In broad terms, philosophy is the study of the fundamental nature of knowledge, reality, and existence. Aaron Cobb applies these theoretical concepts to real-world situations.
“I work on practical concerns in bioethics – the ethics of medical and biological research – mostly related to the ethics of hospice care,” explained Cobb.
And for the Auburn University at Montgomery philosopher, it’s personal.
“My son, Samuel, was diagnosed in utero with a significantly life-limiting condition and he lived for only a few hours after his birth,” said Cobb, whose son died in 2012 from a rare chromosomal abnormality. “My book, ‘Loving Samuel: Suffering, Dependence, and the Calling of Love,’ is an extended reflection on suffering, virtue, and the human condition.”
Cobb says he never originally planned to write a memoir, “but I tend to process things by writing and ended up seeking a publisher because friends thought it would be beneficial to others.”
His forthcoming book will offer an extended defense of the practice of perinatal hospice – the specialized care and support for parents of a baby diagnosed with a life-threatening condition during pregnancy.
“It’s a form of care from which we benefitted during our time waiting for Samuel's birth and death,” he said. “There are a lot of connections between perinatal hospice and people caring for a terminally ill parent or spouse. Similar questions and ethical concerns arise about end-of-life care at both ends of the spectrum.”
It’s part of a broader scholarship in which Cobb focuses on the nature of virtues and vices.
“I ask questions like: What is humility? Is it a virtue? Is pride a vice opposed to humility? How do we cultivate humility? What are connections between humility and other virtues?” he said.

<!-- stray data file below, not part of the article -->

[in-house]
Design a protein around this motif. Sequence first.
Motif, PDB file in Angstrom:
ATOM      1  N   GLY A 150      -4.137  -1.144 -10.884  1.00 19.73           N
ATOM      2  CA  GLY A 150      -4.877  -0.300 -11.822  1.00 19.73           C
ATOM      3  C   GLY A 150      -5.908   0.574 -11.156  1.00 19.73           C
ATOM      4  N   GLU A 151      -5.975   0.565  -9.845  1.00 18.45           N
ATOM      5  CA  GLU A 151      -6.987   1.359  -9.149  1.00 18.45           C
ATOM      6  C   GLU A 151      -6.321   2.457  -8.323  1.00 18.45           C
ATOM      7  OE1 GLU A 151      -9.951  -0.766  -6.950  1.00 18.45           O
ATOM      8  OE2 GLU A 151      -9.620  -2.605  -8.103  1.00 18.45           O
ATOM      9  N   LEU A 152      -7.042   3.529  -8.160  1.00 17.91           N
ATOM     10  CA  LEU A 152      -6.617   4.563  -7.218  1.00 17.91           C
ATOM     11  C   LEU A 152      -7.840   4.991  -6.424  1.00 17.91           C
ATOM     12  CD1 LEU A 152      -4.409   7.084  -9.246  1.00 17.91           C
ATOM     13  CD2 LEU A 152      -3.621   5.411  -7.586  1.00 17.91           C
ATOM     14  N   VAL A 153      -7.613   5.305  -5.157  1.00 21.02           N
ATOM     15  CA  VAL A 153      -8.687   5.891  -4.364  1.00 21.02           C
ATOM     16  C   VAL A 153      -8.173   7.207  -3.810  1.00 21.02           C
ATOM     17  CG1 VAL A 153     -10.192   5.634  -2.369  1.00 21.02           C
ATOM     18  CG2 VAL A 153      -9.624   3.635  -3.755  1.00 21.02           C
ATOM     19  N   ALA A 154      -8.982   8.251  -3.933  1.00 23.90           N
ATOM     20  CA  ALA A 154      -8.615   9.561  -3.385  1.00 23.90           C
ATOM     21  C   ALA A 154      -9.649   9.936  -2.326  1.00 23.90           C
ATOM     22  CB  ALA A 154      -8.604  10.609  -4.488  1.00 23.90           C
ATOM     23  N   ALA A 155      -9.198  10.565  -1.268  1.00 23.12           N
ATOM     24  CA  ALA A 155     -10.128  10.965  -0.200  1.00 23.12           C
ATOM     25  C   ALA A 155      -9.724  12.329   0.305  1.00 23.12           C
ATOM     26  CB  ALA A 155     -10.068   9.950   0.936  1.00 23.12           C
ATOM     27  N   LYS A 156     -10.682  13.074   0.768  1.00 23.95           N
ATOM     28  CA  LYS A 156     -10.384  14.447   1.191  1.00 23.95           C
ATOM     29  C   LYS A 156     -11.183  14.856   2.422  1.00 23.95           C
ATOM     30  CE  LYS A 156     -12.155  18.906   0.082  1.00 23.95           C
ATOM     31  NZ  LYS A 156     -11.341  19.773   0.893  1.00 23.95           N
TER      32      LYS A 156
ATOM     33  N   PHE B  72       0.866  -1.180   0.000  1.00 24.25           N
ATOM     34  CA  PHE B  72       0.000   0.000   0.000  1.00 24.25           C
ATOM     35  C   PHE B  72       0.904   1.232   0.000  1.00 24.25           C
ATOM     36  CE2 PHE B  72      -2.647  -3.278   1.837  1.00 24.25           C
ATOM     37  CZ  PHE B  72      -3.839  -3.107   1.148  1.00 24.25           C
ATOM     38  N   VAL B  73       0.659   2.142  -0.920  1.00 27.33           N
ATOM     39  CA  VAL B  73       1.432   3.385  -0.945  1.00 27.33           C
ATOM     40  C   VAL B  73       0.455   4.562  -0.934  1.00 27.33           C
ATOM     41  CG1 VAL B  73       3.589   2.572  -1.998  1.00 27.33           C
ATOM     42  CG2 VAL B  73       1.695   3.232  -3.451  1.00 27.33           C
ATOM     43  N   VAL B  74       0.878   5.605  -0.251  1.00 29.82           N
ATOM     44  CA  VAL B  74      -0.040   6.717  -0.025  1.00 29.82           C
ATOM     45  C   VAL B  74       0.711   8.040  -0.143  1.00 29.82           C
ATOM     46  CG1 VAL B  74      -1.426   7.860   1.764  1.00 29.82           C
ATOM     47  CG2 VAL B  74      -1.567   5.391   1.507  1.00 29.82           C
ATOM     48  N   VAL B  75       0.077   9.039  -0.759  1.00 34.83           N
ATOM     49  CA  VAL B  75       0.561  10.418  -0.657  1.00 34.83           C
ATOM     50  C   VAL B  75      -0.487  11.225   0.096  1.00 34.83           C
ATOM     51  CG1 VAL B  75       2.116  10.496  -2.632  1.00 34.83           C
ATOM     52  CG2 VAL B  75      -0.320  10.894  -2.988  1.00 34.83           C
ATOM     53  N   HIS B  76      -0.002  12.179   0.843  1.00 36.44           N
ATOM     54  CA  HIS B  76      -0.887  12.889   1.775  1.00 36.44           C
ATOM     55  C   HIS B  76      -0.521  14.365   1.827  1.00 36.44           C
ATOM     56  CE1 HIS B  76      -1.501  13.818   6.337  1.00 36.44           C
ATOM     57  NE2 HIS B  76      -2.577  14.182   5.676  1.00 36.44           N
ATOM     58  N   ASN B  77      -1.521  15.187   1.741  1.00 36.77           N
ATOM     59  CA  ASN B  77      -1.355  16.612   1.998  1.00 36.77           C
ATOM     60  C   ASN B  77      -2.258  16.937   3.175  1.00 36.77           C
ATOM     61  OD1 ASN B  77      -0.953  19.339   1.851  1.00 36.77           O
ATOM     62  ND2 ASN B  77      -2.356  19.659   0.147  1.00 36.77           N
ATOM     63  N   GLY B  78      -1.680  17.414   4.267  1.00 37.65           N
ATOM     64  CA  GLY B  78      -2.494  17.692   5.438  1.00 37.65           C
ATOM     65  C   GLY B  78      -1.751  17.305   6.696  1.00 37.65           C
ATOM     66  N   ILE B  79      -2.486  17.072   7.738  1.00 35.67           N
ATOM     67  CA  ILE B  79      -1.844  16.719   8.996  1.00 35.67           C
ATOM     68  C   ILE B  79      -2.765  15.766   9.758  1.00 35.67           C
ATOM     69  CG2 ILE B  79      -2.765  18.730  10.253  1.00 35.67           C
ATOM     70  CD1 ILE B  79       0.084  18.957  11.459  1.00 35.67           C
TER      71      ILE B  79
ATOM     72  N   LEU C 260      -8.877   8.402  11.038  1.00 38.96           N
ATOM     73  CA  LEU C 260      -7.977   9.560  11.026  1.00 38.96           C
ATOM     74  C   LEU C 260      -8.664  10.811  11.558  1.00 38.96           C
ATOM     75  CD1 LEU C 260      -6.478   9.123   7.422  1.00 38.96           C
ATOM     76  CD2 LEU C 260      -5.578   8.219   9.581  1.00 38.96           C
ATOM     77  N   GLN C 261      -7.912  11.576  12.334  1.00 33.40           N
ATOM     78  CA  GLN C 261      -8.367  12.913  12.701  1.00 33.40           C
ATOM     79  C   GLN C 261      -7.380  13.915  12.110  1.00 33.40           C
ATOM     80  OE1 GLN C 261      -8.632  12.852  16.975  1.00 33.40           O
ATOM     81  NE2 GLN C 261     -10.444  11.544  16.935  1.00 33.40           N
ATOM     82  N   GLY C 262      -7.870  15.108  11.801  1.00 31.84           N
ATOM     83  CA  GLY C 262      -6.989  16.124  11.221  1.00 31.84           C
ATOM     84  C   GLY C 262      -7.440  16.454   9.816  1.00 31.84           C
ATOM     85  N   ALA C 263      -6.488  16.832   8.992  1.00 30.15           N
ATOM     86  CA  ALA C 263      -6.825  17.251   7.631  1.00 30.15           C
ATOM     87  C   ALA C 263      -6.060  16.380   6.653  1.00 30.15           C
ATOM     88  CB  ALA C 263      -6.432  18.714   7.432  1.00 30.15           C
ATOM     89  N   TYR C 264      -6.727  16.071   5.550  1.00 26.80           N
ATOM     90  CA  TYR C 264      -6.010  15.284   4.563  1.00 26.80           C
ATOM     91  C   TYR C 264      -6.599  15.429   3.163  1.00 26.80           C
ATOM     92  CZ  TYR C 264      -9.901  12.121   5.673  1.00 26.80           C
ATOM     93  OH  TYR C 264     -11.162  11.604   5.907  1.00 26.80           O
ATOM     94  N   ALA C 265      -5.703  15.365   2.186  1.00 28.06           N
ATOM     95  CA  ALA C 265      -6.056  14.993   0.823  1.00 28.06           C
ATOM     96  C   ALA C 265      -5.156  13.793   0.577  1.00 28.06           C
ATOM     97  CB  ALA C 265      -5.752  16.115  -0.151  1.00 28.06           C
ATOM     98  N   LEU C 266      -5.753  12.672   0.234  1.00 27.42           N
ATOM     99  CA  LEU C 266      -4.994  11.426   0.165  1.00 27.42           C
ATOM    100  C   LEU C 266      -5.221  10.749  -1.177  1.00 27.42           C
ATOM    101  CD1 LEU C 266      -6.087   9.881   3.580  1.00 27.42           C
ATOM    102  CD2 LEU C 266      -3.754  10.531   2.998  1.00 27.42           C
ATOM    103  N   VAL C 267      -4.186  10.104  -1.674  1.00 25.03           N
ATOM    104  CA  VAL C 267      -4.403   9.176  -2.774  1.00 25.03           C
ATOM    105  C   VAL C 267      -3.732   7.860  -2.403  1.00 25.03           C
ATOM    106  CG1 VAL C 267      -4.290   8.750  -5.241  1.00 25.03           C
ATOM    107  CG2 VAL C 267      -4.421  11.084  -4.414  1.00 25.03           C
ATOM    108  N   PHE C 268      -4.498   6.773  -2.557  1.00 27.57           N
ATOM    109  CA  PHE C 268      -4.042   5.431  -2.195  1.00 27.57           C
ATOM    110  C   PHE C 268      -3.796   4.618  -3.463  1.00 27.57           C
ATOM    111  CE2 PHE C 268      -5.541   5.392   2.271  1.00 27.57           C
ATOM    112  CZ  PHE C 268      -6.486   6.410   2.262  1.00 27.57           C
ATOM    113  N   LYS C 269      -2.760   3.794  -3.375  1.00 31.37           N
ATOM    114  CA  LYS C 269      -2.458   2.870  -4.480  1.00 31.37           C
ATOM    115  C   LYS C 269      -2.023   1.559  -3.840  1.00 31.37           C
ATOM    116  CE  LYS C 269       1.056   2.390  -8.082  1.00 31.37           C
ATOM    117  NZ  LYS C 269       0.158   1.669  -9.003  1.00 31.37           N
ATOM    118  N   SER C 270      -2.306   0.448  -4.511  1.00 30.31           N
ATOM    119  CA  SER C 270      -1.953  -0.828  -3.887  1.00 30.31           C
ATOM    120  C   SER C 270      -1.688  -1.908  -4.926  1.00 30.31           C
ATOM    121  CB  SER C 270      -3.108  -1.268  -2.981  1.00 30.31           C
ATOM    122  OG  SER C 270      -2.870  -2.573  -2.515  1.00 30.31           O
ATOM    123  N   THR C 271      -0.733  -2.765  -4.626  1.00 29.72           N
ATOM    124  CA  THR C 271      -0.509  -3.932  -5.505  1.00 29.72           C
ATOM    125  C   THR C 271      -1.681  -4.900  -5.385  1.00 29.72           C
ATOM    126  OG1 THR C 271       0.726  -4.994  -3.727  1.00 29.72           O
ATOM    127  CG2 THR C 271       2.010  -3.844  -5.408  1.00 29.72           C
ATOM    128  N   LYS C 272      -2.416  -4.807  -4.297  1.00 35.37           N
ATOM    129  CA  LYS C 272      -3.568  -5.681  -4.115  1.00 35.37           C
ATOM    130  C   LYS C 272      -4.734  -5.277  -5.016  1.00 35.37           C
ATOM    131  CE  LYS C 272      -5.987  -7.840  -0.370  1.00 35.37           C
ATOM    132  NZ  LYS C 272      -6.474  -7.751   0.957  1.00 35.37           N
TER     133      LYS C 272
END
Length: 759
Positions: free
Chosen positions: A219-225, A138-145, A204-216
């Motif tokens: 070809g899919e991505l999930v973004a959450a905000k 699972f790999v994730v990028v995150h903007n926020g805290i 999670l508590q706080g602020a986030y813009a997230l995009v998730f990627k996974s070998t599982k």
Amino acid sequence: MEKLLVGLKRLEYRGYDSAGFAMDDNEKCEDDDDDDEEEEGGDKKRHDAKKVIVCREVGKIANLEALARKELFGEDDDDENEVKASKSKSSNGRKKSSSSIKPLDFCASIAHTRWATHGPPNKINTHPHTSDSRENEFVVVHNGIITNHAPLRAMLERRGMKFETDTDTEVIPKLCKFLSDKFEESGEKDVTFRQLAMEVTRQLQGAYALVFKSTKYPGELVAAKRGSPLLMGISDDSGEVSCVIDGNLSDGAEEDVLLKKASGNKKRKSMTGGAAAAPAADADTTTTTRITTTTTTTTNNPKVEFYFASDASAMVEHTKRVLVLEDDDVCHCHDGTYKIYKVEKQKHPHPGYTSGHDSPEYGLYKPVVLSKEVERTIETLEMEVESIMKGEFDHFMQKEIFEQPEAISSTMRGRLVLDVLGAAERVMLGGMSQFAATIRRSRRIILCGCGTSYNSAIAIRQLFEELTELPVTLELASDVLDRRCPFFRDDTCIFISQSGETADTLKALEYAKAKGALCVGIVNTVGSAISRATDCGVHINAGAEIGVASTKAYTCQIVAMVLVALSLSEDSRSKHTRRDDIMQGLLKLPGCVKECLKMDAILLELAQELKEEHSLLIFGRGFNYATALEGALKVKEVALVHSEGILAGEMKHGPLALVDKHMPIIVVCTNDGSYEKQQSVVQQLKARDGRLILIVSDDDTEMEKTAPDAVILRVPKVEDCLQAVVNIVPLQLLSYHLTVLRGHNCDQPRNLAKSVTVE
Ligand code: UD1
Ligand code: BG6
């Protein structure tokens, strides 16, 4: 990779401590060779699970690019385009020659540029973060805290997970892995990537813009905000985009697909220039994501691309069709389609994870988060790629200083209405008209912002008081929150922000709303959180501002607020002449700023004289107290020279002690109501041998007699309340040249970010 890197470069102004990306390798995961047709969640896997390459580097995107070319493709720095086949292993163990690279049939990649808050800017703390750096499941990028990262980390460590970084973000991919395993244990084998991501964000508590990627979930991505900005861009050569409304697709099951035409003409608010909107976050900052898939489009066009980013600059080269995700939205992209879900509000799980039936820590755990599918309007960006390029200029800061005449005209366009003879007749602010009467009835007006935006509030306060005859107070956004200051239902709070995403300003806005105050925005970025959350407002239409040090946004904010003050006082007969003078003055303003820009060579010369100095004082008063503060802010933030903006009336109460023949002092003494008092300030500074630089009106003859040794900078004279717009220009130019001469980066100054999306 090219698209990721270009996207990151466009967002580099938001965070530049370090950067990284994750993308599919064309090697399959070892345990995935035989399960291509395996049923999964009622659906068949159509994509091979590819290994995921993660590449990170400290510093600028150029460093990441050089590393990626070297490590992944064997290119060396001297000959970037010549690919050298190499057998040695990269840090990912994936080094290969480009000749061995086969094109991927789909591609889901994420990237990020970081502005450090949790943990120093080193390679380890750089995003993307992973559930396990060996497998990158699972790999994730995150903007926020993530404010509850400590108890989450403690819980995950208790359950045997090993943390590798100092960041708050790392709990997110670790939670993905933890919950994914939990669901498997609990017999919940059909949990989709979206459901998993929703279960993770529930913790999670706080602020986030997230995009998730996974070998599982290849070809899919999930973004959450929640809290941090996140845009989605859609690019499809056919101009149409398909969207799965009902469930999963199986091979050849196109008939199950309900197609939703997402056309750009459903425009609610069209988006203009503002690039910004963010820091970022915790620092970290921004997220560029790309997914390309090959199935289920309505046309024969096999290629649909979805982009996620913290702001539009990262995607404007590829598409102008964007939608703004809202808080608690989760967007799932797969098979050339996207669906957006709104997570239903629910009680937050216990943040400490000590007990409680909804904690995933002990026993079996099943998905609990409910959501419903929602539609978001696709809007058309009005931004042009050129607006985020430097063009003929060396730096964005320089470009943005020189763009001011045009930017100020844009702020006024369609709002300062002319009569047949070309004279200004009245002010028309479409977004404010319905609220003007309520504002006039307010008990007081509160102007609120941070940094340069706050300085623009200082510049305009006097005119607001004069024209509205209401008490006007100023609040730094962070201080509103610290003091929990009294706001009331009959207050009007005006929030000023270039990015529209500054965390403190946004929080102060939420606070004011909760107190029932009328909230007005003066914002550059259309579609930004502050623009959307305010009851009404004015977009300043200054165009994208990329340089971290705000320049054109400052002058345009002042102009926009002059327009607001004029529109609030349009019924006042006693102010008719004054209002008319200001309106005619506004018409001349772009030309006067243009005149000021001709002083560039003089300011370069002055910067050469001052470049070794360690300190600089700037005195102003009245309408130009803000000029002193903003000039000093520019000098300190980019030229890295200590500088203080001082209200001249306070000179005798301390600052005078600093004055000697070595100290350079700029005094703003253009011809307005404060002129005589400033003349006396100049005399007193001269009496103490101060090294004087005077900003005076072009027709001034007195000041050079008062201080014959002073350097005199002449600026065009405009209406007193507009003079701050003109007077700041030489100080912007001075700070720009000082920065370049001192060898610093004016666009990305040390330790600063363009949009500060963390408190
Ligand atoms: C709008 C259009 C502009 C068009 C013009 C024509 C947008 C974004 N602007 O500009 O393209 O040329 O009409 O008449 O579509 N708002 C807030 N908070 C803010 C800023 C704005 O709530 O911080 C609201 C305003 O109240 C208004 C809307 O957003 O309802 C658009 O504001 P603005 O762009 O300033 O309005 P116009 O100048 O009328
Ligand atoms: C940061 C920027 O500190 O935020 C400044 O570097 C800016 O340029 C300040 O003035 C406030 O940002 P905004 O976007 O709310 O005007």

Cobb believes his current work on perinatal hospice has the potential to reform some common practices in medical care.
“My real hope is that the book can help alter how doctors and nurses are trained to deal with these types of situations,” he said. “I also think that ‘Loving Samuel’ has had an impact – after the book came out, individuals and families with similar experiences have reached out to share their stories. And last year, Asbury University (Kentucky) adopted this book as a central text for their freshman level seminar in Liberal Arts.”
On the AUM faculty since 2010, Dr. Cobb might have chosen an academic career that cultivated his curiosity of music or psychology.
“But during college my interests shifted, and I became focused on more foundational questions. One of my professors inspired me to think deeply about important questions in ethics and I decided that I wanted to pursue advanced studies in philosophy.”
Nick teaches at Auburn University at Montgomery (aum.edu/Degrees) and has written features, columns, and interviews for over 700 newspapers and magazines (getnickt.com).